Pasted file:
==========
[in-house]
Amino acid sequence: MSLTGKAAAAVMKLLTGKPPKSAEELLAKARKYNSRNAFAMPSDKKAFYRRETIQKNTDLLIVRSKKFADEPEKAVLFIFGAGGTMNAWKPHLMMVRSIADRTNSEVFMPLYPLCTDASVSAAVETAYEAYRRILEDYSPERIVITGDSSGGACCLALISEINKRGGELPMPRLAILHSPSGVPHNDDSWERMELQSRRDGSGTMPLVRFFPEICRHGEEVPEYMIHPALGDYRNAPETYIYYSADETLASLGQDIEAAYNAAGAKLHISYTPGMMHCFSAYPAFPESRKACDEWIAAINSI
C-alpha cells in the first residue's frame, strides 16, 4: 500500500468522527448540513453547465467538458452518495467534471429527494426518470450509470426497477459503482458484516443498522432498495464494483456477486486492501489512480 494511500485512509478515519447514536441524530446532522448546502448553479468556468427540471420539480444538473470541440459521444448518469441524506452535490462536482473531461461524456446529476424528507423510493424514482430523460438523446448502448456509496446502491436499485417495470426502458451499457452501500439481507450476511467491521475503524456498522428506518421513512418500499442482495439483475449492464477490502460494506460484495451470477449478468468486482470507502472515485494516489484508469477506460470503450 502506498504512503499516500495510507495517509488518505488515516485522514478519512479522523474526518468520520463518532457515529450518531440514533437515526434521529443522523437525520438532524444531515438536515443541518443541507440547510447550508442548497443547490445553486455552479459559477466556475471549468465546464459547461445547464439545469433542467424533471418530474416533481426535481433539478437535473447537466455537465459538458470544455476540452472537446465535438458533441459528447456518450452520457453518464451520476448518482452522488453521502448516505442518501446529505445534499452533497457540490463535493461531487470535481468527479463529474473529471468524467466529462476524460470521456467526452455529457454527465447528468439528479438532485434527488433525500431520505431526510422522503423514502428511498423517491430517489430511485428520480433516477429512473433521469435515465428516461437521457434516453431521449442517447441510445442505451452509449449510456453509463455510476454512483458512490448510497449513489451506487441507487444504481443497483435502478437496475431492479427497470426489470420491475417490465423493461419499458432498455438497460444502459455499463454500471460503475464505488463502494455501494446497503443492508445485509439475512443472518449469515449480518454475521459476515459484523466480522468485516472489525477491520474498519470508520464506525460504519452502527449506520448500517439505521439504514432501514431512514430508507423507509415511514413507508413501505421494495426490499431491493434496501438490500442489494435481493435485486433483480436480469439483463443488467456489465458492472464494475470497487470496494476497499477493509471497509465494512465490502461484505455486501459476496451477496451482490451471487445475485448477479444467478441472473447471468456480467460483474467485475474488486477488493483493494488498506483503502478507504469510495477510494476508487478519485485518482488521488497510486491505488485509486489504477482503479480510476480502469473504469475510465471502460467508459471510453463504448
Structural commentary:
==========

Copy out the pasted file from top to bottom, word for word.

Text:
[in-house]
Amino acid sequence: MSLTGKAAAAVMKLLTGKPPKSAEELLAKARKYNSRNAFAMPSDKKAFYRRETIQKNTDLLIVRSKKFADEPEKAVLFIFGAGGTMNAWKPHLMMVRSIADRTNSEVFMPLYPLCTDASVSAAVETAYEAYRRILEDYSPERIVITGDSSGGACCLALISEINKRGGELPMPRLAILHSPSGVPHNDDSWERMELQSRRDGSGTMPLVRFFPEICRHGEEVPEYMIHPALGDYRNAPETYIYYSADETLASLGQDIEAAYNAAGAKLHISYTPGMMHCFSAYPAFPESRKACDEWIAAINSI
C-alpha cells in the first residue's frame, strides 16, 4: 500500500468522527448540513453547465467538458452518495467534471429527494426518470450509470426497477459503482458484516443498522432498495464494483456477486486492501489512480 494511500485512509478515519447514536441524530446532522448546502448553479468556468427540471420539480444538473470541440459521444448518469441524506452535490462536482473531461461524456446529476424528507423510493424514482430523460438523446448502448456509496446502491436499485417495470426502458451499457452501500439481507450476511467491521475503524456498522428506518421513512418500499442482495439483475449492464477490502460494506460484495451470477449478468468486482470507502472515485494516489484508469477506460470503450 502506498504512503499516500495510507495517509488518505488515516485522514478519512479522523474526518468520520463518532457515529450518531440514533437515526434521529443522523437525520438532524444531515438536515443541518443541507440547510447550508442548497443547490445553486455552479459559477466556475471549468465546464459547461445547464439545469433542467424533471418530474416533481426535481433539478437535473447537466455537465459538458470544455476540452472537446465535438458533441459528447456518450452520457453518464451520476448518482452522488453521502448516505442518501446529505445534499452533497457540490463535493461531487470535481468527479463529474473529471468524467466529462476524460470521456467526452455529457454527465447528468439528479438532485434527488433525500431520505431526510422522503423514502428511498423517491430517489430511485428520480433516477429512473433521469435515465428516461437521457434516453431521449442517447441510445442505451452509449449510456453509463455510476454512483458512490448510497449513489451506487441507487444504481443497483435502478437496475431492479427497470426489470420491475417490465423493461419499458432498455438497460444502459455499463454500471460503475464505488463502494455501494446497503443492508445485509439475512443472518449469515449480518454475521459476515459484523466480522468485516472489525477491520474498519470508520464506525460504519452502527449506520448500517439505521439504514432501514431512514430508507423507509415511514413507508413501505421494495426490499431491493434496501438490500442489494435481493435485486433483480436480469439483463443488467456489465458492472464494475470497487470496494476497499477493509471497509465494512465490502461484505455486501459476496451477496451482490451471487445475485448477479444467478441472473447471468456480467460483474467485475474488486477488493483493494488498506483503502478507504469510495477510494476508487478519485485518482488521488497510486491505488485509486489504477482503479480510476480502469473504469475510465471502460467508459471510453463504448
Structural commentary: